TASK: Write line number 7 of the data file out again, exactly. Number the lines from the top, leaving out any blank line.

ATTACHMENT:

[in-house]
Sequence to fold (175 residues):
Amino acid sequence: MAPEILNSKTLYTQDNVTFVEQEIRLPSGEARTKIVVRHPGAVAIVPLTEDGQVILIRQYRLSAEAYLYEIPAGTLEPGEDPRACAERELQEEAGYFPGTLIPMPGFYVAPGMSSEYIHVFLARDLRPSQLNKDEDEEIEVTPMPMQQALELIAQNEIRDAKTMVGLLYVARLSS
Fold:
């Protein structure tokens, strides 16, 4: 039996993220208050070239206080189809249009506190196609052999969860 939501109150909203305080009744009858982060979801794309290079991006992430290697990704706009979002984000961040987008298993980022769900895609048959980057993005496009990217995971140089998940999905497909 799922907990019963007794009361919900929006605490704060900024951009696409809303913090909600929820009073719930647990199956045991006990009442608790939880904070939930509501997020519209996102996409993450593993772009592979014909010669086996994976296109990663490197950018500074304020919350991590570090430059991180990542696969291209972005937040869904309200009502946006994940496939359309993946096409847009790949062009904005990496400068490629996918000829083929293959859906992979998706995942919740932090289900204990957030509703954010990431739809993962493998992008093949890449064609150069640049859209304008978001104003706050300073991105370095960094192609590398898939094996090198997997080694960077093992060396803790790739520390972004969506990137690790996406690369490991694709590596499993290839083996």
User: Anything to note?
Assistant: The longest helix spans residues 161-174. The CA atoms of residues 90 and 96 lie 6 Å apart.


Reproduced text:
Assistant: The longest helix spans residues 161-174. The CA atoms of residues 90 and 96 lie 6 Å apart.